Wolfram's Dirge

IF thou wilt ease thine heart
Of love and all its smart,
   Then sleep, dear, sleep;
And not a sorrow
   Hang any tear on your eyelashes;
   Lie still and deep,
   Sad soul, until the sea-wave washes
The rim o' the sun to-morrow,
   In eastern sky.

But wilt thou cure thine heart
Of love and all its smart,
   Then die, dear, die;
'Tis deeper, sweeter,
   Than on a rose-bank to lie dreaming
   With folded eye;
   And there alone, amid the beaming


Wolf Knife

In the mid August, in the second year
of my First Polar Expedition, the snow and ice of winter
almost upon us, Kantiuk and I
attempted to dash the sledge
along Crispin Bay, searching again for relics
of the Frankline Expedition. Now a storm blew,
and we turned back, and we struggled slowly
in snow, lest we depart land and venture onto ice
from which a sudden fog and thaw
would abandon us to the Providence
of the sea.

Near nightfall I thought I heard snarling behind us.


Wolf and Hound

You'll take my tale with a little salt;

But it needs none, nevertheless!

I was foiled completely - fair at fault -

Disheartened, too, I confess!



At the splitters' tent I had seen the track

Of horse-hoofs fresh on the sward;

And though Darby Lynch and Donovan Jack

(Who could swear through a ten-inch board)



Solemnly swore he had not been there,

I was just as sure they lied;

For to Darby all that is foul was fair,


Witness

Against the enormous rocks of a rough coast
The ocean rams itself in pitched assault
And spastic rage to which there is no halt;
Foam-white brigades collapse; but the huge host

Has infinite reserves; at each attack
The impassive cliffs look down in gray disdain
At scenes of sacrifice, unrelieved pain,
Figured in froth, aquamarine and black.

Something in the blood-chemistry of life,
Unspeakable, impressive, undeterred,
Expresses itself without needing a word
In this sea-crazed Empedoclean Strife.


With Arms Outstretched

with
arms outstreched
and crowned with wisps
of seaweed hair she floats, eyes closed
in a world of perfect silence
that is loud enough
to hear
light
a kaleidoscope
a shimmering, elusive glimmer
dances across the bottom, the reflection
of a white hot sun that fails
to reach beyond
the blue
alone
she dives spins glides
in effortless infinite motion
bubbles trailing like round diamonds
in a perfect sapphire sea
surging forward
free
scales
pearly sheened


Witch-Wife

She is neither pink nor pale,
And she never will be all mine;
She learned her hands in a fairy-tale,
And her mouth on a valentine.

She has more hair than she needs;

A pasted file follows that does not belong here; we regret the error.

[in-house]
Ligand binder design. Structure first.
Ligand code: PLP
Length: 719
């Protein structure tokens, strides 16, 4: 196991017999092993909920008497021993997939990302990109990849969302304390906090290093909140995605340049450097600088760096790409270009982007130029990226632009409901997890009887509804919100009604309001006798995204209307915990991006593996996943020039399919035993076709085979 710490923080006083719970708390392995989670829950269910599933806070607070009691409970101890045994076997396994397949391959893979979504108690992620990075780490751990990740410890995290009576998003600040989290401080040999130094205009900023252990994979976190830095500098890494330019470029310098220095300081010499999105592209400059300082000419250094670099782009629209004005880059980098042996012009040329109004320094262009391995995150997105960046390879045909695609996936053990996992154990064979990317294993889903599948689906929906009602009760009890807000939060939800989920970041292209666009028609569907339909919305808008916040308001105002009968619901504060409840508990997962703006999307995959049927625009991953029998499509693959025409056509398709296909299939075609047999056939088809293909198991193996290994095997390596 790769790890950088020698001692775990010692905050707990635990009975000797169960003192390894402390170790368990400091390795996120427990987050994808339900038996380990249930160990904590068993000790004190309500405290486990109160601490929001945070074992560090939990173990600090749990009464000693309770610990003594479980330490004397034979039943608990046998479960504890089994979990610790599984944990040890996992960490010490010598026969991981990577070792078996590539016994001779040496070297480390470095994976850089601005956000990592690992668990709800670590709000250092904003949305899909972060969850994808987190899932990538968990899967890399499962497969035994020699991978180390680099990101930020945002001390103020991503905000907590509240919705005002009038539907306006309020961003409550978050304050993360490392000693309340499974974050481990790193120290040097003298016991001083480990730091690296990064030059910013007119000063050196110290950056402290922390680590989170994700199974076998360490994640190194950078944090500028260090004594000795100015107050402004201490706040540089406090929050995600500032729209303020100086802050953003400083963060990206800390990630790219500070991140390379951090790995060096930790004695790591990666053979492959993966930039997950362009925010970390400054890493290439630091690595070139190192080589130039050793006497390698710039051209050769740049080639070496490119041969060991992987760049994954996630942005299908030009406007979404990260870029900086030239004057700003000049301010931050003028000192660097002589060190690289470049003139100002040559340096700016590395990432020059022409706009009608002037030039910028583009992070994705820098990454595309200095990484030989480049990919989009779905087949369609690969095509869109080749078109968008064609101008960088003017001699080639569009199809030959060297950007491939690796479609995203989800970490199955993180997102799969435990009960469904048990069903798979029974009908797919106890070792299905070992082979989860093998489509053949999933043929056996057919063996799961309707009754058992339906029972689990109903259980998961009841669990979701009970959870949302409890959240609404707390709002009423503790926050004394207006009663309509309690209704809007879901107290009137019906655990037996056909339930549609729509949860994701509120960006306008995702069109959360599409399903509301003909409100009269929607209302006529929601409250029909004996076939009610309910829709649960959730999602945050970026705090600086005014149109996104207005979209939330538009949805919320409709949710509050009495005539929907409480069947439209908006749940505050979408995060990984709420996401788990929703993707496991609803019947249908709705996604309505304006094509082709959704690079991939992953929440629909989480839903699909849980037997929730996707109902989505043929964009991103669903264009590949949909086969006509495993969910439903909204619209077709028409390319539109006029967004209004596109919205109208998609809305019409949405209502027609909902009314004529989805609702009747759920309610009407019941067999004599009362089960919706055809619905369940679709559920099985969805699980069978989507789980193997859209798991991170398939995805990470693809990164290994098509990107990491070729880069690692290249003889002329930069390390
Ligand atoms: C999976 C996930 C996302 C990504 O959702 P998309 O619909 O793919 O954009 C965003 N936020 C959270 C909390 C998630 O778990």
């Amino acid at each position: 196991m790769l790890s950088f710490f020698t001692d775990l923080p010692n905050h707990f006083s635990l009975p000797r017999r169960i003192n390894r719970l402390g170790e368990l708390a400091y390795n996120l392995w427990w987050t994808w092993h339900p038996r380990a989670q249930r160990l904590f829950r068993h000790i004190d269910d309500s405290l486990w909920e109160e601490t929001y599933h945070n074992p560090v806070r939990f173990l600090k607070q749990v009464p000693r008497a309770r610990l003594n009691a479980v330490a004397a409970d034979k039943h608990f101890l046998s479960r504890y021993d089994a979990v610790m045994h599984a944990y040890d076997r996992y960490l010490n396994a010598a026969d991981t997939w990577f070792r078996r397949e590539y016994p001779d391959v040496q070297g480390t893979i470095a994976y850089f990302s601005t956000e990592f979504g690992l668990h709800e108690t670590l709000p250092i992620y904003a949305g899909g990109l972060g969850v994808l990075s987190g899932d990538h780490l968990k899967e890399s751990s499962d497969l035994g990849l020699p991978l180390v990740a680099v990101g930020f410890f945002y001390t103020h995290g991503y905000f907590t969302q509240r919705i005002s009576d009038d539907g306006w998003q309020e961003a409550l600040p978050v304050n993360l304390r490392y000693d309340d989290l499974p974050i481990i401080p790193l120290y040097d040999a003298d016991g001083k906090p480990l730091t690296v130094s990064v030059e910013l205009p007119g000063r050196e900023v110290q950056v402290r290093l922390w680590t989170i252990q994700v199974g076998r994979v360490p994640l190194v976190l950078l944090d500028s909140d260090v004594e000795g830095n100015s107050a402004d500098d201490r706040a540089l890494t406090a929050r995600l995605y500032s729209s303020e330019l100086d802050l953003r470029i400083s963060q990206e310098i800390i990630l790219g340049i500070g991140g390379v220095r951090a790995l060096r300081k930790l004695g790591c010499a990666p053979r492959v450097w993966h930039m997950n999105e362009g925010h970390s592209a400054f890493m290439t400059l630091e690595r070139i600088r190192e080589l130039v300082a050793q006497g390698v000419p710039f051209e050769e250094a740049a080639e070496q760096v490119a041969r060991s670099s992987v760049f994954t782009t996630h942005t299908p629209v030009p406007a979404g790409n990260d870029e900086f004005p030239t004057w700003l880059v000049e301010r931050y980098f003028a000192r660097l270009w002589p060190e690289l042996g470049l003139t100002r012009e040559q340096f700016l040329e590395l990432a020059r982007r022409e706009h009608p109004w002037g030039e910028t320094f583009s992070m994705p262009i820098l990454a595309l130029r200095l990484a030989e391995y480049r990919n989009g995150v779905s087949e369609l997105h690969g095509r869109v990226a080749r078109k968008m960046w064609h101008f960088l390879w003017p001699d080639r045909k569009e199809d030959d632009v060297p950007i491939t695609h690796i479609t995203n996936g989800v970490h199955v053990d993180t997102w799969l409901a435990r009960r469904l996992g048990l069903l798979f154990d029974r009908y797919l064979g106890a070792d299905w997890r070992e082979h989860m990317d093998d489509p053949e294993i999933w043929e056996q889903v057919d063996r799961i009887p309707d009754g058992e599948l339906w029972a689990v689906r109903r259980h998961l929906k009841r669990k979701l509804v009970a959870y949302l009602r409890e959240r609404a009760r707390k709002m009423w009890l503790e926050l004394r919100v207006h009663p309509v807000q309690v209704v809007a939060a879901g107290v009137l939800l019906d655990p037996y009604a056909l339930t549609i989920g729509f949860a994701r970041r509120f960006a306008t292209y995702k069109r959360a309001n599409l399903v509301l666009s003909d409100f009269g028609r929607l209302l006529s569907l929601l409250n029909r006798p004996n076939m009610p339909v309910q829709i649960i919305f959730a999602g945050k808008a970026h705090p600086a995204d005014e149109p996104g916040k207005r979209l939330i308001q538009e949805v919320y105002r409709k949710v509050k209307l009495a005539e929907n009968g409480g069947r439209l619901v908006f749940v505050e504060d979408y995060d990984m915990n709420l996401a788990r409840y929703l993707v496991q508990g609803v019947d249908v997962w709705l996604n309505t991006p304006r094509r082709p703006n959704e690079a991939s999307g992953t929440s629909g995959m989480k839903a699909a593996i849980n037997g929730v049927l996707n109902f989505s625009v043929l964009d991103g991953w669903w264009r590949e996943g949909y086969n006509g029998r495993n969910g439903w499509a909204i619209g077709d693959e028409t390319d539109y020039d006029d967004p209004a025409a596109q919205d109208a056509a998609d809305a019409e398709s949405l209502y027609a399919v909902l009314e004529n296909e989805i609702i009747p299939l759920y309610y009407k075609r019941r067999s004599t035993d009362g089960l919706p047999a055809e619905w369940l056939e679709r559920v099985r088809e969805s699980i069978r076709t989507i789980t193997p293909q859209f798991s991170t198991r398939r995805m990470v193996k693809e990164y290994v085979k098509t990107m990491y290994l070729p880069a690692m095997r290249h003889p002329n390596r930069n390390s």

In the sun 'tis a woe to me!
And her voice is a string of coloured beads,
Or steps leading into the sea.

She loves me all that she can,
And her ways to my ways resign;
But she was not made for any man,
And she never will be all mine.


Winter-Solitude

I saw the city's towers on a luminous pale-gray sky;
Beyond them a hill of the softest mistiest green,
With naught but frost and the coming of night between,
And a long thin cloud above the colour of August rye.
I sat in the midst of a plain on my snowshoes with bended knee
Where the thin wind stung my cheeks,
And the hard snow ran in little ripples and peaks,
Like the fretted floor of a white and petrified sea.
And a strange peace gathered about my soul and shone,
As I sat reflecting there,


Winter Sleep

When against earth a wooden heel
Clicks as loud as stone on steel,
When stone turns flour instead of flakes,
And frost bakes clay as fire bakes,
When the hard-bitten fields at last
Crack like iron flawed in the cast,
When the world is wicked and cross and old,
I long to be quit of the cruel cold.

Little birds like bubbles of glass
Fly to other Americas,
Birds as bright as sparkles of wine
Fly in the nite to the Argentine,
Birds of azure and flame-birds go
To the tropical Gulf of Mexico:


Winter in the Country

Sweet life! how lovely to be here
And feel the soft sea-laden breeze
Strike my flushed face, the spruce's fair
Free limbs to see, the lesser trees'

Bare hands to touch, the sparrow's cheep
To heed, and watch his nimble flight
Above the short brown grass asleep.
Love glorious in his friendly might,

Music that every heart could bless,
And thoughts of life serene, divine,
Beyond my power to express,
Crowd round this lifted heart of mine!

But oh! to leave this paradise


Winter Evening

To-night the very horses springing by
Toss gold from whitened nostrils. In a dream
The streets that narrow to the westward gleam
Like rows of golden palaces; and high
From all the crowded chimneys tower and die
A thousand aureoles. Down in the west
The brimming plains beneath the sunset rest,
One burning sea of gold. Soon, soon shall fly
The glorious vision, and the hours shall feel
A mightier master; soon from height to height,
With silence and the sharp unpitying stars,


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